PICF ’16: Cello Stories, Part One: Karen Steinbach
By Jonathan Shifflett
This year’s Piatigorsky International Cello Festival plays host to a wide variety of professional cellists and composers. For this series, “Cello Stories,” we turned our attention to the Festival’s audience members.
Karen Steinbach, teacher, nature lover and tennis buff, has had a long history with the cello from her upbringing in California to her life in Jerusalem. As a young girl she started playing the cello and continued playing into her twenties; now, in her retirement, she has taken up the instrument once again. It has been an on-and-off relationship, so we decided to ask her about some of her favorite moments along the way.
We’re amazed at how festival attendees come from around the world and from
such interesting backgrounds. Can you tell us a little about your background and where
I came to Israel to work on a kibbutz for 6 months, over 40 years ago! It was quite
different then! I grew up in several states, but loved California best. High school in Palo Alto, then attended college in Berkeley and Santa Cruz. Studied for an M.A. in Special Education, while working in the field, mostly with kids with learning and language disabilities. In Jerusalem, after teaching for ten years, I directed our network of intensive special kindergarten frameworks for 25 years.
And about my cello worship, in spite of a 30-year break, I returned a few years ago to playing with greater understanding and sensitivity, now proving this in the wonders of studying again.
What first got you interested in the cello?
Silly, but it’s because at age 10, when I asked for a clarinet at the school music program, they were all out. Remembering that my mother had said that cello was a beautiful instrument, I ordered a cello. It was made of metal and the edge was bent and it was quite heavy, but it sounded great to us! I was small for my age and had to push it in front of me down the long school corridors, but still loved it. The bottom back of the case became exceedingly dirty of course – can still visualize it.
I continued learning and playing and at age 15, I was deeply influenced by two most formative listening experiences – the records of Pierre Fournier playing the Saint Saens and the Lalo concertos, and Rostropovich playing the Schumann and the Dvorak concertos. So there, hooked for life!
Is there anything about Los Angeles in particular that you’re looking forward to?
Hard to say, except for the excitement of being in such a famous city. Also very happy about seeing the University of Southern California, especially because my gifted orchestra partner from high school went right on to study there with Gabor Rejto who taught at USC from 1954 until his death in 1987.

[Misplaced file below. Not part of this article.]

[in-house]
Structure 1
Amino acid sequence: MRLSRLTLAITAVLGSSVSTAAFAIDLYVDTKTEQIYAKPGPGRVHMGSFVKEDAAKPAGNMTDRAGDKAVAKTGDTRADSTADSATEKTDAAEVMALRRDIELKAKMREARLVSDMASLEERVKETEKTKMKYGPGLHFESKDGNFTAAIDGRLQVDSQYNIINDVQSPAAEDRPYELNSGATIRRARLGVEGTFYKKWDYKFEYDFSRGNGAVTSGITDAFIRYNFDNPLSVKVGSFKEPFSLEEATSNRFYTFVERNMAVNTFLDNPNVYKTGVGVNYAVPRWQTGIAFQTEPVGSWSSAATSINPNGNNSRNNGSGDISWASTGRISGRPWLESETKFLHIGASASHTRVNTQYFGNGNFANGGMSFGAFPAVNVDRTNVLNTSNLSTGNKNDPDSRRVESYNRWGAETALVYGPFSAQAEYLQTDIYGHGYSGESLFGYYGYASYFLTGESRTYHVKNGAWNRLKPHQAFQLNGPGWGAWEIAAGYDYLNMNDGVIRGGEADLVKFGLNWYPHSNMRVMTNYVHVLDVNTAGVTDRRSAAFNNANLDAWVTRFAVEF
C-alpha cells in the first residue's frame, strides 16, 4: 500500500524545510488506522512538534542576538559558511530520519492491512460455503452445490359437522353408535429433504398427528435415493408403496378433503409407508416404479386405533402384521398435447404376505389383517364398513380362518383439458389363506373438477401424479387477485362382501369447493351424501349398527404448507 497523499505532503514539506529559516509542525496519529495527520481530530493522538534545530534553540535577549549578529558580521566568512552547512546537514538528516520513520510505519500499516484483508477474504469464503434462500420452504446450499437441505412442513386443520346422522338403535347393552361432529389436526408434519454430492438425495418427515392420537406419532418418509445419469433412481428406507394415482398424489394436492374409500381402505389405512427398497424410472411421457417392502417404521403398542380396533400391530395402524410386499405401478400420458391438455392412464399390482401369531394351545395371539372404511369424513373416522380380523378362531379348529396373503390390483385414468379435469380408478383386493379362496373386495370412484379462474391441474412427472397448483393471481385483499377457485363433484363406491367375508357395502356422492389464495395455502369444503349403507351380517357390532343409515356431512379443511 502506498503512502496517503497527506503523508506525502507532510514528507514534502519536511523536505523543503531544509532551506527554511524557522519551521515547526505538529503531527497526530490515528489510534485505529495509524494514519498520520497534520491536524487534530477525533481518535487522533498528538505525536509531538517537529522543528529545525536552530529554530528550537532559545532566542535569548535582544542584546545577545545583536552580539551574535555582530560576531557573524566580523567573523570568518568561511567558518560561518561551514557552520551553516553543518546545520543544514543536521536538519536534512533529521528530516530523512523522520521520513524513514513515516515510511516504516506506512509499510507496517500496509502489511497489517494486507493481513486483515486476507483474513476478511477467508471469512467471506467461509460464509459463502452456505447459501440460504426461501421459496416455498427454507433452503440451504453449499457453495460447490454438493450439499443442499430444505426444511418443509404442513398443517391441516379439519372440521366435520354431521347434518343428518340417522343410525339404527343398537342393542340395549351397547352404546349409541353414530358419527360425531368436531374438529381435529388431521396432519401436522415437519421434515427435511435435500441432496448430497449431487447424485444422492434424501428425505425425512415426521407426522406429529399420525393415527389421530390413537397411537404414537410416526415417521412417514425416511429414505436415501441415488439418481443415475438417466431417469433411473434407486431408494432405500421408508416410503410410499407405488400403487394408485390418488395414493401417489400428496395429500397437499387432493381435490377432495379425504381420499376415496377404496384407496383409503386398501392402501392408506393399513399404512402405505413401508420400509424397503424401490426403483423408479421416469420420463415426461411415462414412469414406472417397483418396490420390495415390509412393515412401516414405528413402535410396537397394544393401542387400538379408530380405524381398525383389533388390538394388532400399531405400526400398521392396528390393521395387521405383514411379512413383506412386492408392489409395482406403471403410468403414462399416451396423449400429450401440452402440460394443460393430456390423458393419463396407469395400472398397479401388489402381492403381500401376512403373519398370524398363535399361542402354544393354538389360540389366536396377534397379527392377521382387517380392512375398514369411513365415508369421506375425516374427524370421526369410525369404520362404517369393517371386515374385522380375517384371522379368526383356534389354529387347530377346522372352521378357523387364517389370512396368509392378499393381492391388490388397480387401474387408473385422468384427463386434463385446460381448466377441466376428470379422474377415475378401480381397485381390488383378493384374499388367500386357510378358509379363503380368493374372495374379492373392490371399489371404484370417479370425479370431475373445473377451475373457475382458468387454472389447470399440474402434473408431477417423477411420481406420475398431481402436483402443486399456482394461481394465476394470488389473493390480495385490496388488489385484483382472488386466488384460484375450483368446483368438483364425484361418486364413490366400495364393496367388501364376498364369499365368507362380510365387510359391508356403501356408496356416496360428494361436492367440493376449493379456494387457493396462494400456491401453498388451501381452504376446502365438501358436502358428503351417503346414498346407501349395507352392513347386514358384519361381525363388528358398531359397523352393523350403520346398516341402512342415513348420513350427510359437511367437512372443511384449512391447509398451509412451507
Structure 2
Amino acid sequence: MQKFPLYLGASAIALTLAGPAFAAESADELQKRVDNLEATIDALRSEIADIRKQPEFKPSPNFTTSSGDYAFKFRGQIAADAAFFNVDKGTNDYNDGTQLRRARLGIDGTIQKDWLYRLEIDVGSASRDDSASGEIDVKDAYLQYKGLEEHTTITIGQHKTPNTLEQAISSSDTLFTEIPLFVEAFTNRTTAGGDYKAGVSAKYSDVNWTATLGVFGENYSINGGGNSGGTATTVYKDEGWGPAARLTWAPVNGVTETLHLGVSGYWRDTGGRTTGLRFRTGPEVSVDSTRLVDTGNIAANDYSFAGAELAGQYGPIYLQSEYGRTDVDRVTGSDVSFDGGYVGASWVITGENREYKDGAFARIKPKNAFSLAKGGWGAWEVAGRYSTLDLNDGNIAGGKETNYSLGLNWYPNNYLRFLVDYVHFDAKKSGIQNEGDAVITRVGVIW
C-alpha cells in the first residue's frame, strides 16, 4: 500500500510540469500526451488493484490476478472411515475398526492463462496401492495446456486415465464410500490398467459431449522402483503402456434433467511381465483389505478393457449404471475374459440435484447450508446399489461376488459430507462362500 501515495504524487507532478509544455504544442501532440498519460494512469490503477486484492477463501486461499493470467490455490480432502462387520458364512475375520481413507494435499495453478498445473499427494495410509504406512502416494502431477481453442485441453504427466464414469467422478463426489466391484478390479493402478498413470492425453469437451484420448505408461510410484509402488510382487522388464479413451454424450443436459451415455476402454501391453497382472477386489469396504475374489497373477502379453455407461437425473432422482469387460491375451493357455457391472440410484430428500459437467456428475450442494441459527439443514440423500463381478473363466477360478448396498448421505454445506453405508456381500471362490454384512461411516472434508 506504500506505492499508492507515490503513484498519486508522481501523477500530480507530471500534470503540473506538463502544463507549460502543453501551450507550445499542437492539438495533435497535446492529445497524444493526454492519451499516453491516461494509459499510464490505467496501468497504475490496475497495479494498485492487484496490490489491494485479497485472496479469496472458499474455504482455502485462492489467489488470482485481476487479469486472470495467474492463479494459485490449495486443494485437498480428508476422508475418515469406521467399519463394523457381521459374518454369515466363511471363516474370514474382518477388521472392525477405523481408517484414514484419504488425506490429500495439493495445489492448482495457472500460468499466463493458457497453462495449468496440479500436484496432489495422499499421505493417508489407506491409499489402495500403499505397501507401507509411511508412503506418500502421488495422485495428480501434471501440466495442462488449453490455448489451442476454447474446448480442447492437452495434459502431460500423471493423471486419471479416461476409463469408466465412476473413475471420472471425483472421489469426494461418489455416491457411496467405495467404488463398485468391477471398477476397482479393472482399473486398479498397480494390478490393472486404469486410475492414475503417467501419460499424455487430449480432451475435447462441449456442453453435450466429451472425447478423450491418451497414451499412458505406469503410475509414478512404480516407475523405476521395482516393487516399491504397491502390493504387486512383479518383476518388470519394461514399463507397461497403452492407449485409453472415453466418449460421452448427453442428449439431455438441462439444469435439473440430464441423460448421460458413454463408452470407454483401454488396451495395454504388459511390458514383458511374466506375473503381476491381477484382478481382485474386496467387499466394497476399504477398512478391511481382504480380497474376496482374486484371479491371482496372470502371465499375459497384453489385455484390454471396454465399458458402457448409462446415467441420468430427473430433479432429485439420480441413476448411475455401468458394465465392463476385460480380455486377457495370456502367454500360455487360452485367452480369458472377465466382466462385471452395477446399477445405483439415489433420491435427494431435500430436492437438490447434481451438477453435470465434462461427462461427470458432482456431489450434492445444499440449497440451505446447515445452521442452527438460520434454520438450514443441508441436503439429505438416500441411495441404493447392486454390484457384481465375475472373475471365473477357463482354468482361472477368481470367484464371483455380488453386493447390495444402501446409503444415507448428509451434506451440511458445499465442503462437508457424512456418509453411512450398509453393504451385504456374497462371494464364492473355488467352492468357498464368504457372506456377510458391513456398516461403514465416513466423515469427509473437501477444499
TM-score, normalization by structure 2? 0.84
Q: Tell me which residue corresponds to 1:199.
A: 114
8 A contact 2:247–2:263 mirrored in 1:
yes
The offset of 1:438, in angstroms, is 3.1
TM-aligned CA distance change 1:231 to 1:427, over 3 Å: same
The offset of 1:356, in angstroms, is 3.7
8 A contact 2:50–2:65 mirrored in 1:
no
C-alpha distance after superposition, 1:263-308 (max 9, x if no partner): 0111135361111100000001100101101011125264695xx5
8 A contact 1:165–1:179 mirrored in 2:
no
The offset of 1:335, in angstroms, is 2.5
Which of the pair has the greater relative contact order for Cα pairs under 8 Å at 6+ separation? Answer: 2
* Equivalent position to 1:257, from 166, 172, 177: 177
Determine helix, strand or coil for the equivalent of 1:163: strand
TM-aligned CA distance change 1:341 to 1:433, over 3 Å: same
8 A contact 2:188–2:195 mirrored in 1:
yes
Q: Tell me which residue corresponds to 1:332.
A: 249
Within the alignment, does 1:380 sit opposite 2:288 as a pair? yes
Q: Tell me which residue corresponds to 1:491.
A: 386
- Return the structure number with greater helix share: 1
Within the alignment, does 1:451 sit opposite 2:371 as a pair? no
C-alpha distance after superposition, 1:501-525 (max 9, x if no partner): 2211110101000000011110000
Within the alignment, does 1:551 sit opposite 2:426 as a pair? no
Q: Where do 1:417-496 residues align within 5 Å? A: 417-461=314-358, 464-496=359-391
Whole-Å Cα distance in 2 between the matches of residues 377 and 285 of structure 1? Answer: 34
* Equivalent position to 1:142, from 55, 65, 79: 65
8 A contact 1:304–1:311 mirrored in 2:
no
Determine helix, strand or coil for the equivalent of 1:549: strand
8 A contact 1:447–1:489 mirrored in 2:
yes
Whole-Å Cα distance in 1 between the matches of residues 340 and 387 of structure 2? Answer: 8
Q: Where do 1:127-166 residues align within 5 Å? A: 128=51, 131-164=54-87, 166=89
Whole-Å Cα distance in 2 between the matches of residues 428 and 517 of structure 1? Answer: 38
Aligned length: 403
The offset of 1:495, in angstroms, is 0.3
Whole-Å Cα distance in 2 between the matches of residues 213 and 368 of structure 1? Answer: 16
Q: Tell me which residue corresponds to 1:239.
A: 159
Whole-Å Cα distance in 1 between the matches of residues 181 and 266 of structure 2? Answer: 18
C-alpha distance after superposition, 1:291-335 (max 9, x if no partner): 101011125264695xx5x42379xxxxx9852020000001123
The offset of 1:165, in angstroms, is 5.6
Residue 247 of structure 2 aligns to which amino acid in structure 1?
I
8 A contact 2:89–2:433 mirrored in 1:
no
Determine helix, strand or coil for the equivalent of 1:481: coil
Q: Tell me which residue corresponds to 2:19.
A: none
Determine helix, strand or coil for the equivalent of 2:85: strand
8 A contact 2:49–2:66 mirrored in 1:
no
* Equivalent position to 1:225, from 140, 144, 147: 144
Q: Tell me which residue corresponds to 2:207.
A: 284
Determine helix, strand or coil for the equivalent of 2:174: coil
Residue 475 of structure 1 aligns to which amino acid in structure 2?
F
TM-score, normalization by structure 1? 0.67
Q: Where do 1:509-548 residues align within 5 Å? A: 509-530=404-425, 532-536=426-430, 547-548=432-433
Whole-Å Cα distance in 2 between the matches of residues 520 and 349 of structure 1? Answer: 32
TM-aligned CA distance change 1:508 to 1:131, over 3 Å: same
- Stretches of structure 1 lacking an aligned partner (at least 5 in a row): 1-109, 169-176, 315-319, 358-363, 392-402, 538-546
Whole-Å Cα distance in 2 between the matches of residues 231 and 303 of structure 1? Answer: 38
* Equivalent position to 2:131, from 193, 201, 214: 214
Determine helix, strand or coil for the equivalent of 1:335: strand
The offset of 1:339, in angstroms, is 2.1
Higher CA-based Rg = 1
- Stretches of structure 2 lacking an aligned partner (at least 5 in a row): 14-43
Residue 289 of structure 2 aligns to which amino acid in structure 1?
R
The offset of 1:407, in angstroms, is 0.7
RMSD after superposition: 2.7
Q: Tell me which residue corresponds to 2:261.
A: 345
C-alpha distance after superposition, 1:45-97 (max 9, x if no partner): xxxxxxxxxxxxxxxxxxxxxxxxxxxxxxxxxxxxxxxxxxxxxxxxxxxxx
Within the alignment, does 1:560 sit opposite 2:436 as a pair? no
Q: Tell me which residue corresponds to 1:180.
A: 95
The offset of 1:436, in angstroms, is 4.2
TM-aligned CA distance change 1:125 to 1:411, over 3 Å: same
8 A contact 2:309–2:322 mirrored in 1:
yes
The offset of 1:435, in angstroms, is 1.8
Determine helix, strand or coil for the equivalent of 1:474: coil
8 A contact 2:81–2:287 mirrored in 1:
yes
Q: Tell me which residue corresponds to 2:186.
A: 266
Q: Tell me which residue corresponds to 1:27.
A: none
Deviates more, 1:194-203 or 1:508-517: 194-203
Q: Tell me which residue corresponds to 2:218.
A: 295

Do you have a favorite cello story?
I do have one, a very sad one actually, about someone that Ralph had known when studying with the cellist Aldo Parisot in New Haven. Many years ago Aldo Parisot came to Jerusalem and I attended his master classes. At one point, when teaching a student and warning about the importance of fitting the cello’s dimensions to the body of the person playing, he related a story about a very fine ex-student of his who had been the first cellist of a well-known symphony orchestra.
This man had to abandon performing at a certain stage, said Parisot, because of his playing a cello which was too large for his hands. Mr. Parisot told us that unfortunately he “ended up becoming a cook.”
When I went afterwards to ask Mr. Parisot about my stand partner in a summer youth orchestra in Amherst who was then studying with him, (we were 13-14 years old – over 30 years before this) he told me immediately, “That was the very cellist about whom I told the sad story!”
What a tragedy, no?
Which Festival event are you anticipating the most?
I’m actually most excited about attending the Master Classes. Also am sure to love hearing the Recitals, and of course, seeing and hearing live Yo-Yo Ma, Truls Mørk, the Emerson Quartet, and the other featured artists, both those I’ve heard either live or in recordings (about 10) and those I hope to become acquainted with.
I’ll be arriving too late to hear Ralph Kirshbaum, your Festival artistic director, however, I’ve had the most wonderful experience of hearing Ralph give 3 days of master classes in Jerusalem last year, as well as two concerts playing all the Beethoven Sonatas.
I shall be especially pleased to hear again the Israeli cellist Amit Peled as well as two Israeli “fellows,” Michal Beck and Haran Meltzer, who will be participating in the master classes.
Tickets are now on sale for the Piatigorsky International Cello Festival (May 13-22).
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